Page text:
Jaime Schmidt learned about using art as an emotional channel out of necessity. As a kid growing up in nearby Holland, New York, she faced unusual challenges, including a perpetually ill father who has survived—among other ongoing maladies—a series of six strokes.
“I grew up in a difficult situation, and I’ve was never able to find someone my age who could relate,” she said during a break from mounting her current show, entitled Magnified Alleviation, at the Tri-Main Center. “My dad has been sick my whole life, and there was some domestic violence in my family background. It just naturally came around to my creating art as a means of thinking things through without bottling up. It became my way of processing difficult feelings.
Now 22, with a BFA from Daemen College under her belt, Schmidt enters the professional art world with an impressive skill set that will take her a long way. But looking at her high-concept installation Kinetic Bodies, which you may have encountered at Wrafterbuilt on Elmwood or while grabbing a coffee at Grindhaus in Allentown, it’s quite clear that her art education is a useful afterthought. In a world where you’re an artist when you say you are, Schmidt is an undeniable force. Consequently, her art is provocative without resorting to shock value. It’s confrontational without being obnoxious. She’s not afraid of using restraint. And yet, it’s also clear that if the situation called for it, upping the ante wouldn’t be an issue.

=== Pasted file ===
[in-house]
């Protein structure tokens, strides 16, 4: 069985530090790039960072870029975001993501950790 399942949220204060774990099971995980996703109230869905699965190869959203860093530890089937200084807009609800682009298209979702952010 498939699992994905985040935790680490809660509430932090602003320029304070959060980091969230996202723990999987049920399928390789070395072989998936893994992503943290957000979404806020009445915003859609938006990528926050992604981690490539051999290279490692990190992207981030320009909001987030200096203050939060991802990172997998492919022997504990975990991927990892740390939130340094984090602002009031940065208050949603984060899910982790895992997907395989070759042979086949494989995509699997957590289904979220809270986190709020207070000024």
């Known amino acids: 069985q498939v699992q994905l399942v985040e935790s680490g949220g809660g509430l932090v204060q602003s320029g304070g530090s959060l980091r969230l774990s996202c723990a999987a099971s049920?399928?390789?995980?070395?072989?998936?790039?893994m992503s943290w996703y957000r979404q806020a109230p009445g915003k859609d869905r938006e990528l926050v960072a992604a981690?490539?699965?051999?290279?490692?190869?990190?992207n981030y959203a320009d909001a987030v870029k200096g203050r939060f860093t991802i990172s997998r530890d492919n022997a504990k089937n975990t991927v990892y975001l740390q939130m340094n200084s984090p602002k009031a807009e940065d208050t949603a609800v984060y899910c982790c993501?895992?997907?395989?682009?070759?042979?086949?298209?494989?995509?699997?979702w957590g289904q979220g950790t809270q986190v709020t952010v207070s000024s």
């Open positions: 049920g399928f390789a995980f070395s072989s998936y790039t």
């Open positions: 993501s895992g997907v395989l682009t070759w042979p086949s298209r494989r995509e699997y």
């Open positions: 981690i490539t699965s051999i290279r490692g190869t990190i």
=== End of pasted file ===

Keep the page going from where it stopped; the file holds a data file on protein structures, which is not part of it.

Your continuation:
“I learned what I needed to learn from school,” she said. “It was mainly about technique, and of course history and context are really helpful tools. But I think the best part of a formal art education is finding new ways to break away from it.”
Schmidt says she also crossed a creative threshold during her time at Daemen, which has changed the focus of her output from work that dwells on internal struggles to that which learns from battling them as a means of moving forward. She’s uncertain whether the change is a byproduct of schooling or an unrelated psychic shift, but it happened within the same timeframe.
If that’s indeed the case, Magnified Alleviation could be interpreted as an intersection between those things. Through a series of nine mid-size panels, she draws parallels between the emotional and physical spheres—mind and body—and the oft-ignored connections between them. It’s an ode to Eastern philosophies on one level (“Western culture doesn’t recognize how we’re all in different stages of a healing wound”), but doubles as a very graphic take on the concepts of injury, healing, and irreparable damage. Each piece is titled after a medical term that depicts a stage in the healing process, (Epithelializing, Necrotic, Eschar) complete with a detour through infection (Serous) and a scar (Cicatrix).
Magnified Alleviation is the culmination of a year’s worth of work, and was designed, partially, in response to a challenge from Daemen’s Fine Arts department.
“I was told by Daemen that I needed to complete a series of flat paintings, which is something I’d managed not to do during my time there,” she said. “I had to really force myself to work flat, but that led to a greater sense of satisfaction in completing the project. You might say I felt like I tried to do something they’d buy. I really poured my whole heart into it and became super infatuated with the process. In the end, the head of the department hugged me.”